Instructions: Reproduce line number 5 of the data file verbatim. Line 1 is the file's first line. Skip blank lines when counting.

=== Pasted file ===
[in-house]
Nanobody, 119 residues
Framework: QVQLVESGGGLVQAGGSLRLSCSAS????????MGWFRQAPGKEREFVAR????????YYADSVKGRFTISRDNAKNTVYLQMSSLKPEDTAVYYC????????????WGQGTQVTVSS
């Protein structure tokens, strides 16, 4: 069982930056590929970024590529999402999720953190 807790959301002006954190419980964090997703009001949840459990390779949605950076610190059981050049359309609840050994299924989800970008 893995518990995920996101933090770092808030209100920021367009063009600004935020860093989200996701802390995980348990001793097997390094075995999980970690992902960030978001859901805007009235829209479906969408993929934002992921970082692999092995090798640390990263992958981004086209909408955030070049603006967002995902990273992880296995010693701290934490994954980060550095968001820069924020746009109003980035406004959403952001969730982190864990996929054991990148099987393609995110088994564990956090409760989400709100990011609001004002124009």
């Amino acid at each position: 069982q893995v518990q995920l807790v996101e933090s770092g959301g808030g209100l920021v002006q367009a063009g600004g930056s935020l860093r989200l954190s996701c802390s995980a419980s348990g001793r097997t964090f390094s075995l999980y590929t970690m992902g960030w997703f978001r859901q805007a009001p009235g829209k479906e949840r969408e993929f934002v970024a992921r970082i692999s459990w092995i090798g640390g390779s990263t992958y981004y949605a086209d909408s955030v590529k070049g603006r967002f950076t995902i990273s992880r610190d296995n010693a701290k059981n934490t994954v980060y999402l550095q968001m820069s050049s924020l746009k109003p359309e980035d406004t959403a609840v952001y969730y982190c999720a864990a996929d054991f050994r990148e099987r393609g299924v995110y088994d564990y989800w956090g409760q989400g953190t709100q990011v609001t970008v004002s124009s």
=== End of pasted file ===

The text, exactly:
């Amino acid at each position: 069982q893995v518990q995920l807790v996101e933090s770092g959301g808030g209100l920021v002006q367009a063009g600004g930056s935020l860093r989200l954190s996701c802390s995980a419980s348990g001793r097997t964090f390094s075995l999980y590929t970690m992902g960030w997703f978001r859901q805007a009001p009235g829209k479906e949840r969408e993929f934002v970024a992921r970082i692999s459990w092995i090798g640390g390779s990263t992958y981004y949605a086209d909408s955030v590529k070049g603006r967002f950076t995902i990273s992880r610190d296995n010693a701290k059981n934490t994954v980060y999402l550095q968001m820069s050049s924020l746009k109003p359309e980035d406004t959403a609840v952001y969730y982190c999720a864990a996929d054991f050994r990148e099987r393609g299924v995110y088994d564990y989800w956090g409760q989400g953190t709100q990011v609001t970008v004002s124009s």